This is my favorite time of year. Nearby mountains cloaked in winter white. Gaggles of geese discussing where to winter. Breaking trail in snowshoes. Family and friends gathering and giving thanks and eating way too much pie and lighting candles and opening gifts and ringing in a New Year.
And yet, the holidays without a job, without our health, with missing loved ones just aren’t the same.
So I asked the experts – friends who have weathered loss – what they did to help them cope through all that holiday cheer.
Almost everyone expressed their gratitude for supportive family and friends through the holidays.
But sometimes our blood relatives aren’t very compassionate or empathetic.
One widow had no desire to be with her family because they were impatient with her grief. Instead, she was rescued by a young couple she didn’t know well (the man had worked for her husband). “They came to my home, made me get dressed, and took me to her mom’s for Christmas dinner. I love their two little boys, so I had to pull myself together for them and I think they knew that.”
If necessary, we can create our own family from the people who get us, who love us, who want us around. Don’t try to do the holidays alone; connect with these kinds of people.
Traditions are important and fun and memorable. But sometimes they need to be temporarily set aside. A widow with a young son wrote, “I ran away for the first two years before I was ready to begin new traditions without my husband.”
And sometimes there’s a need for out-of-the-ordinary practices. A family lost their teenaged son to cancer on his twin sisters’ birthday. “In the morning, we celebrate our son’s life,” his mother wrote, “and in the afternoon we celebrate our girls.”
Michele L. Brennan, Psy.D. reports on the benefits of family rituals in “Why Holiday Traditions Might Be More Important Than You Think”:
Whether it’s stringing popcorn for the Christmas tree, watching the Thanksgiving Day parade while the turkey cooks, or family movie night … traditions are a wonderful way to anchor family members to each other.
Lighting the season
One winter day at dusk, I exited a restaurant in a touristy section of town to dozens of trees wrapped with white lights spreading upward into the lower branches.
I held my breath at its simple beauty.
There is science behind the use of light to help lift our spirits. Go ahead, light candles. Put up tiny white lights. Light the fireplace. And see if it doesn’t help chase away gloom.
Her first Christmas as a widow, one friend headed to a department store where she got something for everybody on her list. She said this strategy worked that first year, eliminating the stress of chasing all over town for items on sale. “I needed to simplify and just get it done.”
Did you catch the word simplify?
Consider easy homemade gifts because creating something—layering a soup mix in a Mason jar or knitting one of those cool slouchy hats—can be seriously therapeutic.
Or consider the gift of service via handmade coupons: “Good for one massage,” or “Good for a candlelit dinner for two.”
The Advent Conspiracy website suggests tickets to a ball game or a movie. And of course, the tickets come with you attached:
The most powerful, memorable gift you can give to someone else is yourself.
Even when there doesn’t seem much to be grateful for, there’s much to be grateful for. I’m currently composing my second list of 1000 things for which I’m thankful:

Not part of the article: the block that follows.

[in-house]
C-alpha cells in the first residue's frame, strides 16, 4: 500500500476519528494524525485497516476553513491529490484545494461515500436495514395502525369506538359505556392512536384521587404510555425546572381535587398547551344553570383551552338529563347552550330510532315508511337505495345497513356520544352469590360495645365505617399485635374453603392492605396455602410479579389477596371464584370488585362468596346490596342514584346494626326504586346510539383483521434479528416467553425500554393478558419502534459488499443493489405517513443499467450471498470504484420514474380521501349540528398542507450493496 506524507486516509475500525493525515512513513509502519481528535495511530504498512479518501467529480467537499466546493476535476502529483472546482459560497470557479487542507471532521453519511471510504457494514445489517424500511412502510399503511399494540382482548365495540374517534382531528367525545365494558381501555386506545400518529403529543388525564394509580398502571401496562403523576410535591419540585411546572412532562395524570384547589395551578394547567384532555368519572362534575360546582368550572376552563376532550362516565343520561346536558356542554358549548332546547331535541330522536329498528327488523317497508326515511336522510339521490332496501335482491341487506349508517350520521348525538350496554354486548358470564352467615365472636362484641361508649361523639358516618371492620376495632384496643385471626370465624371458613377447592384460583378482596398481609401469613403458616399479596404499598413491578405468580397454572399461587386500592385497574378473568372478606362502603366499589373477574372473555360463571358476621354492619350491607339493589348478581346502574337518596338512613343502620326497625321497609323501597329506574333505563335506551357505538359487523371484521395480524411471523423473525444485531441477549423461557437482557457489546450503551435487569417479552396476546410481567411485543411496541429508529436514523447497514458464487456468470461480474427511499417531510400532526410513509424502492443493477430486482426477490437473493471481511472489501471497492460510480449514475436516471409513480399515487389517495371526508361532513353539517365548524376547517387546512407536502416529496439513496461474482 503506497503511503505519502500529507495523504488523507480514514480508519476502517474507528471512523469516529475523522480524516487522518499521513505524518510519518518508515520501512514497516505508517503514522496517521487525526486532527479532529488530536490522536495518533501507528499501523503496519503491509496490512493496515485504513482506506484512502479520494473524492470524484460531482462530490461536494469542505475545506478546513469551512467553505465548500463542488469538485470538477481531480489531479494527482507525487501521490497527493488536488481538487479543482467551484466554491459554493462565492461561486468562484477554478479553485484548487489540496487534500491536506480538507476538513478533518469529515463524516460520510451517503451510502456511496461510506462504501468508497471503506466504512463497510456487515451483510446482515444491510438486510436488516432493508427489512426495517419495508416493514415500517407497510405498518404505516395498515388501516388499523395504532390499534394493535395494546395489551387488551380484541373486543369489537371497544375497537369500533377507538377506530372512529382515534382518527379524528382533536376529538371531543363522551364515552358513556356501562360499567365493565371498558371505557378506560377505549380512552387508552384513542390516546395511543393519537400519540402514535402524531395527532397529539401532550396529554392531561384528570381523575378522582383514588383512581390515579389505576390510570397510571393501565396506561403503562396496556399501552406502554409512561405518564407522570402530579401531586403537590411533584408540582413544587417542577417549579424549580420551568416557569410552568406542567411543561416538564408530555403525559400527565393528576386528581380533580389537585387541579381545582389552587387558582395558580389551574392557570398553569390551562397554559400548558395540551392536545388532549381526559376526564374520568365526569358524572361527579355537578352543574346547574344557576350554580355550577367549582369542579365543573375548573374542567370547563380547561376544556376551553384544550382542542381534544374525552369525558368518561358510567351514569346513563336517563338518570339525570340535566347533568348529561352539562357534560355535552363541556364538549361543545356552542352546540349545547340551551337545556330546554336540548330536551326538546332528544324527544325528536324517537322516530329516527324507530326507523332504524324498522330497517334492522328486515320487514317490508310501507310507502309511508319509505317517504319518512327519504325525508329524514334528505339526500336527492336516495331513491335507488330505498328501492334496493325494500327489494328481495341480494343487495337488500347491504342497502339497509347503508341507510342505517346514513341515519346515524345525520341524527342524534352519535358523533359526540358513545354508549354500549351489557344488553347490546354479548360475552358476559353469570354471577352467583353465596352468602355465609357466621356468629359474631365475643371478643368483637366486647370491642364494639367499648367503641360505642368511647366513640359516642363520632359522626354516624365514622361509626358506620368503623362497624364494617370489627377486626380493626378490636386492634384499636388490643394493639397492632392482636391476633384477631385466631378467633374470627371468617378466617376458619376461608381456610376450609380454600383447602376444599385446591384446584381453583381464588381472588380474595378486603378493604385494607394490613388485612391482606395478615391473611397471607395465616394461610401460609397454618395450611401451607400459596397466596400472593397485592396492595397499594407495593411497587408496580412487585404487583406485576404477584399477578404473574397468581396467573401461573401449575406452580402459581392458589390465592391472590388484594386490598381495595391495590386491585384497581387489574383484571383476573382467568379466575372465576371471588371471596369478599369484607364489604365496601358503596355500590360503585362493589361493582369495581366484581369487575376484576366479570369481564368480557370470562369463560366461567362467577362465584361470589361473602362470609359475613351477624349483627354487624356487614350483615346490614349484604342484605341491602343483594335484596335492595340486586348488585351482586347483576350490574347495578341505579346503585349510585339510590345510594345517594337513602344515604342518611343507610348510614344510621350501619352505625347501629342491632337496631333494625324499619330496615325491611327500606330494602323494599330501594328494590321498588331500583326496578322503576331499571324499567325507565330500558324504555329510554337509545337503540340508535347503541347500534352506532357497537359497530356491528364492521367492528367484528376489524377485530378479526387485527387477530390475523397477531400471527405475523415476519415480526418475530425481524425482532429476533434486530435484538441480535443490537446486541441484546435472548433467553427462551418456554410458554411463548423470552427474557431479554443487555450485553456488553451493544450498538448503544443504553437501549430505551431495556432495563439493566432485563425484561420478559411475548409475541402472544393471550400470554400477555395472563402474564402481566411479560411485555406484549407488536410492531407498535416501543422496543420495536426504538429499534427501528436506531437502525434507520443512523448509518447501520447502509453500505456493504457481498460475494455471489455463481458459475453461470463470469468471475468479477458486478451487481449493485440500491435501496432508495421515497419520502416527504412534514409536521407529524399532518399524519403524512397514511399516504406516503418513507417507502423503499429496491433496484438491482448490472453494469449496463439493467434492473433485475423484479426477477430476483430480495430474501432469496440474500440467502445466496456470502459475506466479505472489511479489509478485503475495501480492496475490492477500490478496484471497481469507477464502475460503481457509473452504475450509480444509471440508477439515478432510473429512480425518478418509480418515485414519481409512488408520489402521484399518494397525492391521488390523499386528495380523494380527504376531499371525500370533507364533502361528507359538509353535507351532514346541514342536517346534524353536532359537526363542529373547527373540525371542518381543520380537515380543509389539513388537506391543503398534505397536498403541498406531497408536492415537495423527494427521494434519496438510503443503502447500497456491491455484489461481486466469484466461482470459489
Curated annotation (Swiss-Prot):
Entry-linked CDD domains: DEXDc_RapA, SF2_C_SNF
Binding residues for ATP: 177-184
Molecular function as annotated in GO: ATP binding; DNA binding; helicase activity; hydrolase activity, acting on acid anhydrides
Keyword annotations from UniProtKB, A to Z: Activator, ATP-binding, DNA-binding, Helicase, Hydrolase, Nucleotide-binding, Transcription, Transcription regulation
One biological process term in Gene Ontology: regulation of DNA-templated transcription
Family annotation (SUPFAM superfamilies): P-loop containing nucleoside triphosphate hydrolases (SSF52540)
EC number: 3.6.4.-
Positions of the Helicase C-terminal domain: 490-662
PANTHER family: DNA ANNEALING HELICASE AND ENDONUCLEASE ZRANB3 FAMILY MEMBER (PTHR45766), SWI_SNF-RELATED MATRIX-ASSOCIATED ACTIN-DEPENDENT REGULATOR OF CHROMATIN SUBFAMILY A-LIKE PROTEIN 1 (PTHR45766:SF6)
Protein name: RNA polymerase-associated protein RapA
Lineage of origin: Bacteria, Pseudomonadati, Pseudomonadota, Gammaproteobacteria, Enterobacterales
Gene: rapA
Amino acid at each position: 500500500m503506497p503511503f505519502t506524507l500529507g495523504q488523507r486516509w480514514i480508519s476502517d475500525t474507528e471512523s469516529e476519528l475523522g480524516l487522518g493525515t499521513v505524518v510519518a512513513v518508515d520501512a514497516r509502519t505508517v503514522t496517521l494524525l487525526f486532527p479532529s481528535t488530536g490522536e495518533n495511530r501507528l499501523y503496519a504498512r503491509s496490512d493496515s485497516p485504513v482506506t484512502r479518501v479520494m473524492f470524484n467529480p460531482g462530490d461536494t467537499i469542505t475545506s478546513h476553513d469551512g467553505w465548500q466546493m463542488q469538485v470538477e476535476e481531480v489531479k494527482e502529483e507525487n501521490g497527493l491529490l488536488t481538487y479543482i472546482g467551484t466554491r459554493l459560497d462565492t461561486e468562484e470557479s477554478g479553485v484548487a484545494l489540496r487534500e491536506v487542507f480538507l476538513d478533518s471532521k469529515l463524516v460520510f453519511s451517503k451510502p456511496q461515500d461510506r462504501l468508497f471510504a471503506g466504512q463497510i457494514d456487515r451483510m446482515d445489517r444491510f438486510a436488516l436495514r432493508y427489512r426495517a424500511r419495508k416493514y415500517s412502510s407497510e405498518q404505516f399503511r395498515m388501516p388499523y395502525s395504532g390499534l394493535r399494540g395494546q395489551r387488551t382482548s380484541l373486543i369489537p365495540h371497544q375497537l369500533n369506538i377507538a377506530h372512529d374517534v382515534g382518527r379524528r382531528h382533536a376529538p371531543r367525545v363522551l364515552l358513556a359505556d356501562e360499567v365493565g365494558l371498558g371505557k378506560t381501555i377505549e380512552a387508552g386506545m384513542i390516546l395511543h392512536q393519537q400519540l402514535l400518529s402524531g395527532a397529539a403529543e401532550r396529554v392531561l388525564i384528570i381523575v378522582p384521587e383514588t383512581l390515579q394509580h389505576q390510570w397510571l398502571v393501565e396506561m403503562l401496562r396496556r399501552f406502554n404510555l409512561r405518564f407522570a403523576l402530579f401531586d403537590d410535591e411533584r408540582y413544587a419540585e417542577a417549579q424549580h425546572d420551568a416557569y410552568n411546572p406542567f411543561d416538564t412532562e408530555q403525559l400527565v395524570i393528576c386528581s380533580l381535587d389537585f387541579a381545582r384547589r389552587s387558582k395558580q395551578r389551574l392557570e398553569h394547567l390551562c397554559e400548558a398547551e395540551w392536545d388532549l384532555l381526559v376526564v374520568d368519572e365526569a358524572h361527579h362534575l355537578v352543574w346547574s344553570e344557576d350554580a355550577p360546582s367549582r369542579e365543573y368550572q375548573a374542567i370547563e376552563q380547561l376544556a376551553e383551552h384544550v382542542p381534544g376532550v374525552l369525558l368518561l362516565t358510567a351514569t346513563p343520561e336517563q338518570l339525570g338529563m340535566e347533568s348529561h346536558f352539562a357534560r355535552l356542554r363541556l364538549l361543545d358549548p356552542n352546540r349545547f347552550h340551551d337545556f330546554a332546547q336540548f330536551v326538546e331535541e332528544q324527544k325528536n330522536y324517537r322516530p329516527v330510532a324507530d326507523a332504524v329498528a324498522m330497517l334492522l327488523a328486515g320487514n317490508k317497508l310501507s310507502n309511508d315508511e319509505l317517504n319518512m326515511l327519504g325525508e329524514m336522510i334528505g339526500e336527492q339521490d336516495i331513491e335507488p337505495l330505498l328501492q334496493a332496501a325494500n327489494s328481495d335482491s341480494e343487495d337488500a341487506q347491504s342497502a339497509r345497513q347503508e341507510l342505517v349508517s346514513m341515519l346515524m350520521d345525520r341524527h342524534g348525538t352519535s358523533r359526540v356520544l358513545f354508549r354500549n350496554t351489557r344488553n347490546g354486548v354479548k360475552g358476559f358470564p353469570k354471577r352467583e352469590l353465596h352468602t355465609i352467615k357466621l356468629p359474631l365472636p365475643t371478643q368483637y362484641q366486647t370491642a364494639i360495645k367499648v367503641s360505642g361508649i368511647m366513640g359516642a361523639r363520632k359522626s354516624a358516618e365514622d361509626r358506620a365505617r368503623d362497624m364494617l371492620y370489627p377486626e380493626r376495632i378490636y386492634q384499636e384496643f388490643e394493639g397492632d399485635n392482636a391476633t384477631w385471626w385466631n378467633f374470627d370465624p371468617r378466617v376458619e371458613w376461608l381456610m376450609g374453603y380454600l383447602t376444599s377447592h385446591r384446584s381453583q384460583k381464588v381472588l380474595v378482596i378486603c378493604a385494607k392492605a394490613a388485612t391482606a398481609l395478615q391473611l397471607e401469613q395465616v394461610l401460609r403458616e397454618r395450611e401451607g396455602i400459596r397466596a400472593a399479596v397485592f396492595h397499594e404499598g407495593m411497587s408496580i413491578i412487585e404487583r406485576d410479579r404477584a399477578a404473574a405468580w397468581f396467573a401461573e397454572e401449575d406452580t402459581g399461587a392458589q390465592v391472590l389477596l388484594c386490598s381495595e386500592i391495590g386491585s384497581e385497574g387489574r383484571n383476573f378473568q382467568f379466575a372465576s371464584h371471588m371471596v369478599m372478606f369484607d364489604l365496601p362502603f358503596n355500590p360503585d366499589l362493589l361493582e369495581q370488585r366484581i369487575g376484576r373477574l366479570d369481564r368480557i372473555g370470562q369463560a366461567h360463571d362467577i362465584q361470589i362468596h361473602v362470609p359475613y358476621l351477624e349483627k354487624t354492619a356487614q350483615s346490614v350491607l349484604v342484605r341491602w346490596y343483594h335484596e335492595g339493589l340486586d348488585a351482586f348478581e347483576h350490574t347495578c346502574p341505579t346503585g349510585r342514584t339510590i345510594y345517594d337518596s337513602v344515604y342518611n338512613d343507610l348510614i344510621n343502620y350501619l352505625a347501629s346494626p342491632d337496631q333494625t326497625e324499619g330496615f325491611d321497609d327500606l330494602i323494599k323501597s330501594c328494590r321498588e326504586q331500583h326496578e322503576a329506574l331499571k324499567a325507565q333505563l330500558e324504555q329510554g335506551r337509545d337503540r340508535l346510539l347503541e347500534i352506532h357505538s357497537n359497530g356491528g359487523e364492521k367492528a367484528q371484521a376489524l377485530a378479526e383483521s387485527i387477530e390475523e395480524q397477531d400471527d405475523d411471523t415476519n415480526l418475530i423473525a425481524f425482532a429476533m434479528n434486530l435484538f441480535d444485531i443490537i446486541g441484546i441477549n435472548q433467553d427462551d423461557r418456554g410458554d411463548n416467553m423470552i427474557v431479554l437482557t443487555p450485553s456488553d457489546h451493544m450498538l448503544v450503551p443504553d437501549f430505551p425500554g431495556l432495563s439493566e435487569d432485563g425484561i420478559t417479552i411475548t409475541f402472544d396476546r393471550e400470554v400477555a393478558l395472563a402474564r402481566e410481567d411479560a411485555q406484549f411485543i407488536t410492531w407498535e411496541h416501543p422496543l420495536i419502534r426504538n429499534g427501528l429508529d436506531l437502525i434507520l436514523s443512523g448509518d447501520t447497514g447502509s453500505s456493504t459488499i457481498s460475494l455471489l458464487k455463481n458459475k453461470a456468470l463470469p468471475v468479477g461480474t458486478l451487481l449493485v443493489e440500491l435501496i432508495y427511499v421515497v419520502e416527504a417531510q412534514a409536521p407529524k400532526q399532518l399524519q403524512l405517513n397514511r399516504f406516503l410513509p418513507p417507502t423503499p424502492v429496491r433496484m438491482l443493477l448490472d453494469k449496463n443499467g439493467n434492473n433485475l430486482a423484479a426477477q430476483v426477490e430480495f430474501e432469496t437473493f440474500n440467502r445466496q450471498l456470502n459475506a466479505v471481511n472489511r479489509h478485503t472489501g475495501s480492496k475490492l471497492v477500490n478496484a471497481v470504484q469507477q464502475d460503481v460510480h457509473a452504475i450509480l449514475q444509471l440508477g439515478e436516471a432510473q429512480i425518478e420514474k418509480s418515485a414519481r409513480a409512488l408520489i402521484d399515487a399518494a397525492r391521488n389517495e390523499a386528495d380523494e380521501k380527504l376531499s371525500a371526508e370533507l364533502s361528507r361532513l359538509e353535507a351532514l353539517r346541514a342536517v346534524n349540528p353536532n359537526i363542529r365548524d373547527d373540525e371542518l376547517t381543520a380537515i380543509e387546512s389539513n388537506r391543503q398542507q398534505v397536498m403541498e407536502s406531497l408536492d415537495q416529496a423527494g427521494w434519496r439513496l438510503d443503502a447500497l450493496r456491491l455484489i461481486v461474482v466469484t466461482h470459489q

#579. Granola-baking session with girlfriends
#580. Fireplace lit against snow falling softly
#581. Fingerless mittens taking shape in knitted softness
#582. Ears in good working order to enjoy all my favorite Christmas tunes
When I fill my holidays with gratitude, there’s less room for sorrow over what’s missing.
The act of reaching out to others in need can help focus our attention off our own losses. (Disclaimer: For those dealing with new and deep grief or loss of health, please don’t pile unrealistic expectations upon yourselves.)
A widowed girlfriend wrote about spending Christmas in a children’s hospital with her infant daughter years earlier. People sang carols in the hallway and the baby girl received a homemade blanket and two stuffed animals. My friend now buys stuffed animals and delivers them to the same hospital. “It’s my favorite Christmas tradition!”
Several friends indicated that faith was a critical component in weathering their losses, not just during the holiday season, but year round.
If there hadn’t been a sense of purpose that eventually settled over Gary and me, if there hadn’t been that deep peace that comes from having a relationship with Jesus Christ, the hard road would have been devastating.
And so, it wasn’t.
Even if we’re not trying to manage a debilitating loss on top of the commercialism and crowds and obligations, the holidays can be stressful. Consider these:
Take a walk. Intentionally notice the beauty in the sights, sounds, and scents.
Make a ‘Deposit Here’ box. Label a decorative box: “Things I will get to, but not this season.” Write down all that weighs heavily upon you. Deposit the slips of paper in the box instead of carrying the weight around.
Keep a journal through the holidays. Record your fears and frustrations, your hopes and joys.
My holiday wish list
A friend whose husband died when her children were young, shared something her daughter said before leaving for college: “When dad died it was really horrible … but I like who I became.”
Which brings us to my Christmas wish list:
May your losses—poor health, financial reversals, a broken relationship, the death of an irreplaceable loved one—shape you into someone you like, someone even more beautiful than you already are.
May we never stop counting what remains after the dust settles.
May unimaginable peace shower down all around you.
This piece is a condensed version of an eBook posted to Renew | Repurpose December 2017.